Solar power boost for NMU

NELSON Mandela University’s South Campus will soon be producing just over 10% of its own electricity requirements, thanks to an innovative R18 million green power plant, which is being established on the campus this month.

The installation of the two-hectare solar photovoltaics (PV) power plant, which will produce 1 740 MWh of electricity per year and has a 20-year lifespan, will begin in the next two weeks with renewable energy being fed into the South Campus grid by December or January.

The new plant, which is one of many on-campus sustainability initiatives, is the result of a partnership between the university and renewable energies company Tasol Solar.

Essentially, the university has given Tasol Solar a piece of land on which they will install and maintain the plant for 10 years, selling the energy back to the university. At the 10-year mark, the university will take over ownership of the PV power plant – and will no longer have to buy the electricity produced.

The relocation of vegetation in that area has also been assessed with the help of the university’s Horticulture Department in alignment with the directives in the Urban Design Framework for the North and South Campuses.

Should the project and delivery model be a success, the possibility exists for additional solar PV power plants to be installed at some of the university’s other five campuses.

“Over the past few years, we have been focusing on innovative ways to generate and use renewable energy to supplement our energy consumption – and have already implemented several initiatives,” said the university’s sustainability engineer, Andre Hefer. “This new power plant shows our intent to grow the seriousness of our sustainability efforts.”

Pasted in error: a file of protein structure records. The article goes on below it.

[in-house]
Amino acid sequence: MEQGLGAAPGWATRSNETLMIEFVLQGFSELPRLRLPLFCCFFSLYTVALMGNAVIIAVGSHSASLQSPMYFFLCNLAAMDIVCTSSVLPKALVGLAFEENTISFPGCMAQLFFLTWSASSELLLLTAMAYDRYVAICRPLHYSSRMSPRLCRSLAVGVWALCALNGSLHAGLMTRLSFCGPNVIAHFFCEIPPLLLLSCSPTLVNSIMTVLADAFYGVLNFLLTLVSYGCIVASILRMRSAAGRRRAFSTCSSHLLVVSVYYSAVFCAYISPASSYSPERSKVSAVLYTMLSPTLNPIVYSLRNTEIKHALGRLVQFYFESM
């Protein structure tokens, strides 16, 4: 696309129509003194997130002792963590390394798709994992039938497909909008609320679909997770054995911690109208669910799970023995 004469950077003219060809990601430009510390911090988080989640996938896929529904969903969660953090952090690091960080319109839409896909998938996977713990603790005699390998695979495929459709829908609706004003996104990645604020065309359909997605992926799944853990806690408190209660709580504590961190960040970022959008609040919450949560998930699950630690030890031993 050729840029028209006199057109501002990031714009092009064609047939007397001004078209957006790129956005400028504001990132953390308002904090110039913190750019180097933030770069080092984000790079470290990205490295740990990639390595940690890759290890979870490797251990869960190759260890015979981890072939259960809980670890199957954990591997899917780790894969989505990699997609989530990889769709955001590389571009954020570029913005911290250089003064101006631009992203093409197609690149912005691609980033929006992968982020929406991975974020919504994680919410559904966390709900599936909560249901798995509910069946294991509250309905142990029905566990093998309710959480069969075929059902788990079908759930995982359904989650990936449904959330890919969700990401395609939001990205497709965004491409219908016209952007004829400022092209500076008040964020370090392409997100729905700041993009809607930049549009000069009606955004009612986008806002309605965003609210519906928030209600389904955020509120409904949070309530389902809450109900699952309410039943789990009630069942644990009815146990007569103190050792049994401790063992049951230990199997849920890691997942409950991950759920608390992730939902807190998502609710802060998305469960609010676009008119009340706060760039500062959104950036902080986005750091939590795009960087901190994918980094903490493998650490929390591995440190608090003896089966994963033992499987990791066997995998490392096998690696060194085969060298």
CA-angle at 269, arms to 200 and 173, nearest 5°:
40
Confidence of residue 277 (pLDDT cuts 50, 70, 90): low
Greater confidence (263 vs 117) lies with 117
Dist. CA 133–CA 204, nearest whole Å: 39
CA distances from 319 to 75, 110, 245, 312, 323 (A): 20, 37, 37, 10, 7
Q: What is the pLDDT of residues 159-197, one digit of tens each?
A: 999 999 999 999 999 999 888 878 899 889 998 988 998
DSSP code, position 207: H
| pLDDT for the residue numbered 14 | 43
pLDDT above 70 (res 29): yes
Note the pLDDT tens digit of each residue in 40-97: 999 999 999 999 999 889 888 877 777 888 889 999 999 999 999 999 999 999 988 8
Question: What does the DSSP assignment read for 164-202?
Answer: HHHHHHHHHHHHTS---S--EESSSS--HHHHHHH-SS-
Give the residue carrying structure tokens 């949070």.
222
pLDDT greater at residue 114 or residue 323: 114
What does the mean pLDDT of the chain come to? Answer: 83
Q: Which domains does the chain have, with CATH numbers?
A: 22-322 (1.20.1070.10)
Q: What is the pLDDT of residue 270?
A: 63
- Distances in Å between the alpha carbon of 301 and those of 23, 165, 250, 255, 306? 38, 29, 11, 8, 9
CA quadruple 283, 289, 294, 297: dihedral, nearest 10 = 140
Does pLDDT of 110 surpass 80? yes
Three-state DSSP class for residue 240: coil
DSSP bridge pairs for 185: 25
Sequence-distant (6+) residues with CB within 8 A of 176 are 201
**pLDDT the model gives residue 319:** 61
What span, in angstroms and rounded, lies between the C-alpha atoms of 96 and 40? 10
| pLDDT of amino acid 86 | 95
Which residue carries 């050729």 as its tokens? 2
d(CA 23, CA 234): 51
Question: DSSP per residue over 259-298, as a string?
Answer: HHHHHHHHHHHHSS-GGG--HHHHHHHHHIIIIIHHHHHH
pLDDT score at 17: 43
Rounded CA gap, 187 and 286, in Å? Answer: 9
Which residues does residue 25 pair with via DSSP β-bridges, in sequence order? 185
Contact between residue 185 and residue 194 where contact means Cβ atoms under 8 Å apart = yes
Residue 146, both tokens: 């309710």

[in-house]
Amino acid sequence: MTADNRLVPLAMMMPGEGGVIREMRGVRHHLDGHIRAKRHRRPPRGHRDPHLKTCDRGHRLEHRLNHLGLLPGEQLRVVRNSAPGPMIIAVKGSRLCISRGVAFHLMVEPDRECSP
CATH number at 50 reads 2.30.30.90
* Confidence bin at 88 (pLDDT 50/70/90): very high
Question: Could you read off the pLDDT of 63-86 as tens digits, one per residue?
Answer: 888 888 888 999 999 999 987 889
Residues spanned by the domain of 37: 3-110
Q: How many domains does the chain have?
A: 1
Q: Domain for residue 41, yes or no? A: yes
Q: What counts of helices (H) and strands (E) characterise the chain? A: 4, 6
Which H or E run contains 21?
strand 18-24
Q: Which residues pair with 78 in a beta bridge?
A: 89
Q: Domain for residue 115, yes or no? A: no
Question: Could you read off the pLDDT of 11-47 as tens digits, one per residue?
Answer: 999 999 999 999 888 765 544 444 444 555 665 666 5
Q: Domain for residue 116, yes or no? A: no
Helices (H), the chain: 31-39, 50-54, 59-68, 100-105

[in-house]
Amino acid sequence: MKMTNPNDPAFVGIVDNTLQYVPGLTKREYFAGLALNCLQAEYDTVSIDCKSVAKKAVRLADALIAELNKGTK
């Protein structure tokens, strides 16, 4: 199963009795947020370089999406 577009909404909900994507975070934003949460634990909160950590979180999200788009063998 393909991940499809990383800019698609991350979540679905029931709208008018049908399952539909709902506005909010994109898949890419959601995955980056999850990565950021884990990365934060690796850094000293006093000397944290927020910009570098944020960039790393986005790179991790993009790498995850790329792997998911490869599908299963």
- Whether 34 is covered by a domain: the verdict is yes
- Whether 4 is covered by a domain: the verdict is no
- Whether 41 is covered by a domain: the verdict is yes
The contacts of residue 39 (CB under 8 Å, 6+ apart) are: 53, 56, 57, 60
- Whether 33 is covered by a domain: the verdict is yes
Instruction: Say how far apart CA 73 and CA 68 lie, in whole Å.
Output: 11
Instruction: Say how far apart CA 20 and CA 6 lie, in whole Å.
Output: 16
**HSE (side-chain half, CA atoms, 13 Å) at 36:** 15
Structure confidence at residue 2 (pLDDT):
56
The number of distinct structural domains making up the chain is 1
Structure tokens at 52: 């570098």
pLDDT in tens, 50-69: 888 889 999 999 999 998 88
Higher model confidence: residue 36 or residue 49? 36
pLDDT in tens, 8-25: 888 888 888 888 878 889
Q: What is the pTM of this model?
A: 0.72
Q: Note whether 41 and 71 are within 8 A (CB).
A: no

The university’s Photovoltaics Research Group (PVRG) is conducting research in this area, and has, for the past few years, been feeding solar energy generated by photovoltaics research systems located at their Outdoor Research Facility (ORF) into the university’s grid.

“We are very excited about the proposed installation – we see it as the next step in securing reliable and clean energy for the university,” said PVRG head, Prof. Ernest van Dyk.

There will be 4 500 PV modules in total at the power plant. Two-thirds of these will be fixed-mounted and a third will be mounted onto dual axis trackers, which can swing in the direction of the sun to maximise solar energy production.

The 1 740 MWh of energy produced would cover the university’s lowest usage demand during the year.

“The plant will not be producing more than we need. Our long-term goal is not to increase our electricity usage but to look for ways to bring it down further,” said Hefer.

An interactive centre linked to the new power plant is also on the cards to give the public insight into how energy is created.

Hefer said the university was investigating green opportunities across all its campuses – and all-new infrastructure was being designed and built with sustainability in mind.

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